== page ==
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Books About Girls: A Clarification

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Jan. 31st, 2017 | 03:00 pm

I just saw another post lamenting the silly - but unfortunately common - idea that boys can't be expected to read books about girls, even though girls commonly read books about boys. (In fact, we're often required to, for school.) I've written about this before. So has the excellent Shannon Hale.

It strikes me that part of the issue may be that people have different notions of what "books about girls" or "girl-centric books" are. When we say "it's a problem that boys aren't expected to read books about girls," I think we usually mean "books with female protagonists." At other times, though, "books about girls" may be used to mean "books about the experience of being a girl" or "books designed to appeal to girls" (which usually means they are about romance and/or close female friendships, possibly with a side of fashion and gossip).

This affects the conversation a lot! After all, this:

eight books on a pink background, titles listed later in this post

. . . may turn off a lot of boys. It turns off a lot of girls, too. Others love it. Some boys love these books, too, or would if they felt they were allowed to. The boys and girls who do want to read these books should be able to enjoy them without judgement, but I wouldn't argue for pushing people to read them any more than I would argue for pushing them to read sports books or mysteries. It's nice to at least try it out, to broaden your horizons, but if you don't like it, that's fine.

On the other hand, if you subscribe to a broader idea of "books about girls" that encompasses all books with female protagonists, then you get something more like this:

twenty-five books, titles listed later in this post

These books range from horror to humor, from fantasy to romance. There are mysteries. There is action. There are comics. The settings are different. The tones are different. The protagonists are very different people, with one thing in common: they are female. If that's enough for a reader to say, "ew, girl book, I won't read that" - or for a parent to say "my son won't read that" or a teacher to say "the boys in my class won't read that" - then society, we have a problem.



In case anyone's curious, I'll list the books here. All are books I've read and enjoyed. I went with mostly YA (with one or two MG) both because that's my own reading preference and because kids and teens who are reading these books so often fall victim to this weird genderization of reading preferences.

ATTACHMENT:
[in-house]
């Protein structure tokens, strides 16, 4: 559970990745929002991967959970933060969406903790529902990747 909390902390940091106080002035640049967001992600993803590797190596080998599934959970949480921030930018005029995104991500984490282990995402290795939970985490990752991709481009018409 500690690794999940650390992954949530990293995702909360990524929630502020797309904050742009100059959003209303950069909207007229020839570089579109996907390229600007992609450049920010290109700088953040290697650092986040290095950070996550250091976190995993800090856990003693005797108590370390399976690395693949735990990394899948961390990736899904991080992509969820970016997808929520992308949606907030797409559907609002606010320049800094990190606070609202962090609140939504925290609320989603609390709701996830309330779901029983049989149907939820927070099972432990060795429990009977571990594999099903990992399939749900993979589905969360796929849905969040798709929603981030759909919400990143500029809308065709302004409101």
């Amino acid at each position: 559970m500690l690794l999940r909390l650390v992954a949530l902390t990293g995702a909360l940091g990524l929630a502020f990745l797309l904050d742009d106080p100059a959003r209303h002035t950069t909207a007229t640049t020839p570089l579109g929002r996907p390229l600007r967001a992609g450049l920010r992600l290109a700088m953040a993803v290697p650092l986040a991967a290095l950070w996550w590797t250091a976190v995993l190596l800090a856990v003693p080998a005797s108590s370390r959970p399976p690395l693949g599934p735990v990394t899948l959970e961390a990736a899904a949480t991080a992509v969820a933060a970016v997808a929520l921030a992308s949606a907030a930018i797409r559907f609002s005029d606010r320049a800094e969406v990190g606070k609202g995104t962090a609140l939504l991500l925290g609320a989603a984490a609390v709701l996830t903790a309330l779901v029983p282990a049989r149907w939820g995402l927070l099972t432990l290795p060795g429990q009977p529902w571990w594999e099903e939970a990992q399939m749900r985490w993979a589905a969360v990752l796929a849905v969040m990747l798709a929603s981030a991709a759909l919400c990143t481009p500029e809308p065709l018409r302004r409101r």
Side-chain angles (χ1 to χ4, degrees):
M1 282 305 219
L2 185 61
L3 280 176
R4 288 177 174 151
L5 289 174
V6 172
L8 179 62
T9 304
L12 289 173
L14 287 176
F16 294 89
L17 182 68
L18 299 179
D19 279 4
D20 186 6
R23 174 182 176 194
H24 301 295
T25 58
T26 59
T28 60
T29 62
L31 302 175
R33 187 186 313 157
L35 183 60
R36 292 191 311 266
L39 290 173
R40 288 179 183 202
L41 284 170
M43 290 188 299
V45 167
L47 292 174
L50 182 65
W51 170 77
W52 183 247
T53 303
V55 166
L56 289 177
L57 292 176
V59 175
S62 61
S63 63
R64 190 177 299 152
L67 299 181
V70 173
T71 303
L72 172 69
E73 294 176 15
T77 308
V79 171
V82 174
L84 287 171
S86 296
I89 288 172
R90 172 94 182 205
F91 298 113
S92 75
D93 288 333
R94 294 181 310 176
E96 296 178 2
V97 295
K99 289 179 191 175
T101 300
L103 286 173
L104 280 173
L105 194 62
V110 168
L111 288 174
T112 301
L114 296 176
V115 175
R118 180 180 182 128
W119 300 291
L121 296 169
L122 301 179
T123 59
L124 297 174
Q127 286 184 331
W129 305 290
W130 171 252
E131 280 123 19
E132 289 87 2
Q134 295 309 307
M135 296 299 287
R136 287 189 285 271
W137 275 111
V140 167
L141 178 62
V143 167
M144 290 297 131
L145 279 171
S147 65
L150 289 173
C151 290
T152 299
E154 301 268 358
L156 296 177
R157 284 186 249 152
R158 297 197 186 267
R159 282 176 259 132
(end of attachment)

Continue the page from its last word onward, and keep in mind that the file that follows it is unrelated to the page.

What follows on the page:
Graphic One:

1. Love and Gelato by Jenna Evans Welch
2. Vanished by E.E. Cooper
3. Ali's Pretty Little Lies by Sara Shepard
4. Along for the Ride by Sarah Dessen
5. The Selection by Kiera Cass
6. Tell Me Again How a Crush Should Feel by Sara Farizan
7. My Life Next Door by Huntley Fitzpatrick
8. Bittersweet by Sarah Ockler

Graphic Two (repeats some books from Graphic One):

1. Love and Gelato by Jenna Evans Welch
2. George by Alex Gino
3. Outrun the Moon by Stacey Lee
4. Smile by Raina Telgemeier
5. Ten by Gretchen McNeil
6. This is Where It Ends by Marieke Nijkamp
7. Sweet by Emmy Laybourne
8. Tell Me Again How a Crush Should Feel by Sara Farizan
9. Endangered by Lamar Giles
10. Out of My Mind by Sharon Draper
11. Chains by Laurie Halse Anderson
12. My Life Next Door by Huntley Fitzpatrick
13. Beauty Queens by Libba Bray
14. Ms. Marvel, vol. 1: No Normal by G. Willow Wilson
15. They All Fall Down by Roxanne St. Claire
16. Along for the Ride by Sarah Dessen
17. In Real Life by Cory Doctorow
18. Soul Enchilada by David Macinnis Gill
19. Cat Girl's Day Off by Kimberly Pauley
20. The Sweetness at the Bottom of the Pie by Alan Bradley
21. The Hunger Games by Suzanne Collins
22. Adaptation by Malinda Lo
23. Huntress by Malinda Lo (ha, I didn't even realize I had put in two Malinda Lo books - and right next to each other!)
24. The Selection by Kiera Cass
25. Eon: Dragoneye Reborn by Alison Goodman

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